France’s Front National (FN) failed to win a single region in elections Sunday despite record results in the first round, as voters flocked to traditional parties to keep them out of power, according to early estimates.
The leader of the anti-immigration FN, Marine Le Pen, lost out to the centre-right opposition in the northern Nord-Pas-de-Calais Picardie region after the ruling Socialists pulled out of the race before the second round.
Her 26-year-old niece Marion Marechal-Le Pen was also defeated by the centre-right grouping in the southern region that includes the glitzy resorts of the Cote d’Azur, despite dominating the first round last week.
The FN had topped the vote in six of 13 regions on December 6, but once again suffered in the second round of an election as voters rushed to support mainstream parties at the final hurdle.
With turnout high on Sunday at around 59 percent, the centre-right grouping appeared to have won at least five of the regions.
The election was held under tight security following the November 13 attacks in Paris in which 130 people were killed.
Despite the FN failing to grab its first-ever region, Marine Le Pen will still use her party’s performance as a springboard for her bid for the 2017 presidential election.
The FN has topped European and local polls over the past two years, bolstering Le Pen’s claim that it is now “the first party of France”. It controls around 11 towns across the country.
But Sunday showed once again that the party struggles in the deciding round as mainstream voters gang up to keep it from power.
– ‘A time bomb’ –
Early estimates showed Marine Le Pen scored around 42 percent to nearly 58 percent for her centre right rival Xavier Bertrand in the economically depressed north.
Her niece scored around 45 percent to nearly 55 percent for her centre right rival in the FN’s traditional stronghold in the south.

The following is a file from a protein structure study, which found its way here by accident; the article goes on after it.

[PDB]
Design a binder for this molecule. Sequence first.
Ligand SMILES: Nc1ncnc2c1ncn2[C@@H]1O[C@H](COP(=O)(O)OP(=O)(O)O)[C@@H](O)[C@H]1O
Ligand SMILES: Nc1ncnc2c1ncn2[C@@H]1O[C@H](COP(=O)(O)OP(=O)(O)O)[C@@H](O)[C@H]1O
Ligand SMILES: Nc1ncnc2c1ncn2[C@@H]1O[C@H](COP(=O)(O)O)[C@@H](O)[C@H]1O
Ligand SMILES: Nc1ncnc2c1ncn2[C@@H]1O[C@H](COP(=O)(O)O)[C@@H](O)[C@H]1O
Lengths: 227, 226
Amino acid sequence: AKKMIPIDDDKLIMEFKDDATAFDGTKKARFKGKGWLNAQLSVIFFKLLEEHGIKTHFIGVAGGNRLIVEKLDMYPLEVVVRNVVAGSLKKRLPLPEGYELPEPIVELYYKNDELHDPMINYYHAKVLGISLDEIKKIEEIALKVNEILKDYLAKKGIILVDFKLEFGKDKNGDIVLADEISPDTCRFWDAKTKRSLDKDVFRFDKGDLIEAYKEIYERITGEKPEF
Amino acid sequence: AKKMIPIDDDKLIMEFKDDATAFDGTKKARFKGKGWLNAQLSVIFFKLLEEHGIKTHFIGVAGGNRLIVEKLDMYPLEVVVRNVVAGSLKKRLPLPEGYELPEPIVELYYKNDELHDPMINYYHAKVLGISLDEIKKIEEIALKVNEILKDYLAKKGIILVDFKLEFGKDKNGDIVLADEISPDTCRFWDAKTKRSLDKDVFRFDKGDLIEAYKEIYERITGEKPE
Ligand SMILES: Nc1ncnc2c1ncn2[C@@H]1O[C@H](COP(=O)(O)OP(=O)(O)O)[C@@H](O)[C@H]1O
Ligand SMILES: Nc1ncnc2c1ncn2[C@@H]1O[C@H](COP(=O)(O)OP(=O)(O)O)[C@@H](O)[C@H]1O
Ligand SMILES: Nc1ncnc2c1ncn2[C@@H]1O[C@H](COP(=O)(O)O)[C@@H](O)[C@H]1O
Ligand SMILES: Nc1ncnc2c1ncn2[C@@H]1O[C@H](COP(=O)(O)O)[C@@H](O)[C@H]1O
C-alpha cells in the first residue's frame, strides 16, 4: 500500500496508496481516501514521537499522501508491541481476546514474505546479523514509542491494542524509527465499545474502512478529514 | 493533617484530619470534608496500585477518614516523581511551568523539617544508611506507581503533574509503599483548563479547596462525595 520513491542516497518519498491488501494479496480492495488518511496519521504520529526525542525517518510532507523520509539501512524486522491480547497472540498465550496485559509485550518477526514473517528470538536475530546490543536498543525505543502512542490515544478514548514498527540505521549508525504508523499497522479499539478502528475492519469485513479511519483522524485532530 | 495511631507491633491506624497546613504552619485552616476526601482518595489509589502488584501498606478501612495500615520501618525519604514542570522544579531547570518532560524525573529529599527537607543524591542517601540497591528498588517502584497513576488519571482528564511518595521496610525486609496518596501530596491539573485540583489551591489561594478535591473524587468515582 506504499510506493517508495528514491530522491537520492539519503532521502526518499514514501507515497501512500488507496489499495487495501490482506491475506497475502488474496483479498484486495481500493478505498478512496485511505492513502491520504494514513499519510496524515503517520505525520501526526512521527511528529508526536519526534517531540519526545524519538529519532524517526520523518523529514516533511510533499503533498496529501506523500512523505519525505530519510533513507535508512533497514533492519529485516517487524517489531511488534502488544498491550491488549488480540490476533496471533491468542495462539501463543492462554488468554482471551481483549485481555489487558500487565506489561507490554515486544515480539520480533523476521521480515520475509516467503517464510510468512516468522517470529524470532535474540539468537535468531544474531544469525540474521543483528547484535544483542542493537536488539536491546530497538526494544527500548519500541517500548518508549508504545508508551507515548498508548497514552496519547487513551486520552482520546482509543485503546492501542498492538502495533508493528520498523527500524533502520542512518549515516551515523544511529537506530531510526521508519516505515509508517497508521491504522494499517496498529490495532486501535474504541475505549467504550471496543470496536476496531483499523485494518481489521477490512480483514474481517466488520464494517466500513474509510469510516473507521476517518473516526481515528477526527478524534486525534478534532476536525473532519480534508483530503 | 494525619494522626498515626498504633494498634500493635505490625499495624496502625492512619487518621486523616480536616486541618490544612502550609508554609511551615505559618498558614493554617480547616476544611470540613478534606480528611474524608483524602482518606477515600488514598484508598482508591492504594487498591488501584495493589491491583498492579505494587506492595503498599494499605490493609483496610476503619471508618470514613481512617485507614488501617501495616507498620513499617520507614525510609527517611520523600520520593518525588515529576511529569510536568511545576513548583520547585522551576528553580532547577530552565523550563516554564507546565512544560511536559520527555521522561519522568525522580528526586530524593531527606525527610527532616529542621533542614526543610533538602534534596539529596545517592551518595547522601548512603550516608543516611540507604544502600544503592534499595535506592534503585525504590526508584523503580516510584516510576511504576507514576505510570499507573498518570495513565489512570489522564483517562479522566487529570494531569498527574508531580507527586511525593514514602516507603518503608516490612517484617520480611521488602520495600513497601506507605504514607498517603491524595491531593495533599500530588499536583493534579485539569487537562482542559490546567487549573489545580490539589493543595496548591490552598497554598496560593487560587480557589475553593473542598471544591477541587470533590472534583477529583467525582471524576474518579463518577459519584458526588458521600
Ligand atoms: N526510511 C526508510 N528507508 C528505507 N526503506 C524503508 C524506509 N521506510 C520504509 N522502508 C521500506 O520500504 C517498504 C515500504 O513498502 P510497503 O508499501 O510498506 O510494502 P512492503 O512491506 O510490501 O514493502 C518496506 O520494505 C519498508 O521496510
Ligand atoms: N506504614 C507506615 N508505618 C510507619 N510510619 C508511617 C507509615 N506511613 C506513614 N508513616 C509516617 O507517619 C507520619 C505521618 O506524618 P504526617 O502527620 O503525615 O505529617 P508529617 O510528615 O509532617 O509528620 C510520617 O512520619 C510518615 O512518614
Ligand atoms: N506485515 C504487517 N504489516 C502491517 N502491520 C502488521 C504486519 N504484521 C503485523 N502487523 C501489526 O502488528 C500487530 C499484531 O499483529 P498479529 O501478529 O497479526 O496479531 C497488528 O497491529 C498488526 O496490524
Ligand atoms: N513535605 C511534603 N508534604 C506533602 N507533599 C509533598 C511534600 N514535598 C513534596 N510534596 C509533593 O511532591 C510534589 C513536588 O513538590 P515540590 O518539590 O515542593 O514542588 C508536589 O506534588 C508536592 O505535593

The FN argues that the political manoeuvring by the main two political parties shows that they are two sides of the same coin and they offer the only real political alternative.
“Frankly, I’m voting against the FN in the interests of my family,” said Issa Kouyate, a 59-year-old voter of Senegalese origin, as he went to cast his ballot in the southern city of Marseille, where a high proportion of citizens are of immigrant background.
“There’s danger,” said Kouyate, describing the FN’s 40-percent score in the region’s first round as “a time bomb”.
Some were not pleased with the tactical games of the ruling party.
“Since the Socialist Party has pulled out, I feel like they’ve stolen my vote,” said 56-year-old Didier as he voted in the northern city of Lille.
He said he would leave his voting slip blank, though he worried about letting Le Pen win.
“If it’s down to me that she wins, then I’ve done wrong,” he said.
The FN took 28 percent of the vote nationally last Sunday, ahead of 27 percent for the Republicans and their allies.
Le Pen has reaped the rewards of her efforts to “de-demonise” the party bequeathed by her father Jean-Marie Le Pen, but it retains a stridently anti-immigrant edge. Critics accuse it of fomenting Islamophobia.
Her campaign has also exploited anger over the situation in the northern port of Calais, where thousands of migrants are camping in squalid conditions.
Socialist Prime Minister Manuel Valls said he had “no hesitation” in urging voters to back the Republicans to keep the FN from power — as they did in 2002 when voters switched to Jacques Chirac in a presidential run-off against Jean-Marie Le Pen.
France’s regions have recently been enlarged and control key areas such as transport, schooling and local business support.
Original reporting by AFP